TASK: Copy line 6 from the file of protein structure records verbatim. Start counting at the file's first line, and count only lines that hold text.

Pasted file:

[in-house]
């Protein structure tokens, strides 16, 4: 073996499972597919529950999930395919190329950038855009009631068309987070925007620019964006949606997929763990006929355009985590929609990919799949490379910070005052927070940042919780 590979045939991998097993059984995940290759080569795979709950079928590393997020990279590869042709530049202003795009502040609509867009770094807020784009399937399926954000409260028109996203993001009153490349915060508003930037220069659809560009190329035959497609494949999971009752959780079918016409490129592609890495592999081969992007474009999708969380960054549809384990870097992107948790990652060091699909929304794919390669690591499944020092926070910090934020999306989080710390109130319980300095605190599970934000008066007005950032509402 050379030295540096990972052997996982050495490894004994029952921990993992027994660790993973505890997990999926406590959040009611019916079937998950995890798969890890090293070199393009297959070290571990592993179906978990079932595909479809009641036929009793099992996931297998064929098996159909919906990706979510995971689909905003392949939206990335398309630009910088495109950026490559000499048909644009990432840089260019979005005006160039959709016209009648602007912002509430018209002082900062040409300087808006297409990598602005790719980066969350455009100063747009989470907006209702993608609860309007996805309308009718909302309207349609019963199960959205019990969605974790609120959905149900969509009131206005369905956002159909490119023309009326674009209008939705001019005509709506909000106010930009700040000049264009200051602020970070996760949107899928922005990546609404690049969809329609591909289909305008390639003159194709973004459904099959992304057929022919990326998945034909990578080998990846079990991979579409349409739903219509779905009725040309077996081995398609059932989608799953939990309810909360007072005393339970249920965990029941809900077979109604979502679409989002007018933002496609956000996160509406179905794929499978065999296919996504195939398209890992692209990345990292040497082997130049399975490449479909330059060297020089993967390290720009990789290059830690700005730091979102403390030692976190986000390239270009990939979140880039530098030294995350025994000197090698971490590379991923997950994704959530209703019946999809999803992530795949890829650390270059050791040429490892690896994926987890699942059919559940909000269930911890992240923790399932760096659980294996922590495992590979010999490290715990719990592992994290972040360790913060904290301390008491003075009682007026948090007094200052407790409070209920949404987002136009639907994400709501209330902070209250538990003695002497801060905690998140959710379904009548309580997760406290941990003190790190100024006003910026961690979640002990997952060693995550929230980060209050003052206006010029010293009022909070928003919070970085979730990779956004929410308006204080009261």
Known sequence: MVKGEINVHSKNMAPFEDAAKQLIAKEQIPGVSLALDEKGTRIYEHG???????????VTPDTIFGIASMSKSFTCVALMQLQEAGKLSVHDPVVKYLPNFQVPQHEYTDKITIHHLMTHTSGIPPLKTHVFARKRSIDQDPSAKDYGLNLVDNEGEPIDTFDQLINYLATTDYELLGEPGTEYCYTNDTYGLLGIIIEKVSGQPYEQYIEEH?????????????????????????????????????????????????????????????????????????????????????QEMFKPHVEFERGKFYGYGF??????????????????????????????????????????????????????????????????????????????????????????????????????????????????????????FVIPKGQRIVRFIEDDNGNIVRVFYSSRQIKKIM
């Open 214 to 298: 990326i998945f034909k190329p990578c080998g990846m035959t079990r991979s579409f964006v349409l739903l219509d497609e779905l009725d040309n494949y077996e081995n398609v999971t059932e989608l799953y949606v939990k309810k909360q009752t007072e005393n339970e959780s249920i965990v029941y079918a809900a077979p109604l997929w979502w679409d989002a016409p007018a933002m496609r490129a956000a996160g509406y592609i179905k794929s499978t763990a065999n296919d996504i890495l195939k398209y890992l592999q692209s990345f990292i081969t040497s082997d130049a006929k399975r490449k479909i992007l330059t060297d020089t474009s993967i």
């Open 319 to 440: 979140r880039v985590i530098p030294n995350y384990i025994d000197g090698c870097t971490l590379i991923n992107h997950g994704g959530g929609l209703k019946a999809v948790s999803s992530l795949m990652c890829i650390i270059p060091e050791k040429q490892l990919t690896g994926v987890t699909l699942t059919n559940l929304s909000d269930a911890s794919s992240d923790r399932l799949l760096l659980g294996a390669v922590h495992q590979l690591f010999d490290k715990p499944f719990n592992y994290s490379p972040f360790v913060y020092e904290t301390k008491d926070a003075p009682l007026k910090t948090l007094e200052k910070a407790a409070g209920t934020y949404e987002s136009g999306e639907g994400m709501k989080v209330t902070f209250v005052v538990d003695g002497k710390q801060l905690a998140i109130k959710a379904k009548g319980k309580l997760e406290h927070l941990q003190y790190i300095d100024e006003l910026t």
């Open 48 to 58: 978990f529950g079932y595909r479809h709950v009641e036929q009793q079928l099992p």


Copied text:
């Open 48 to 58: 978990f529950g079932y595909r479809h709950v009641e036929q009793q079928l099992p």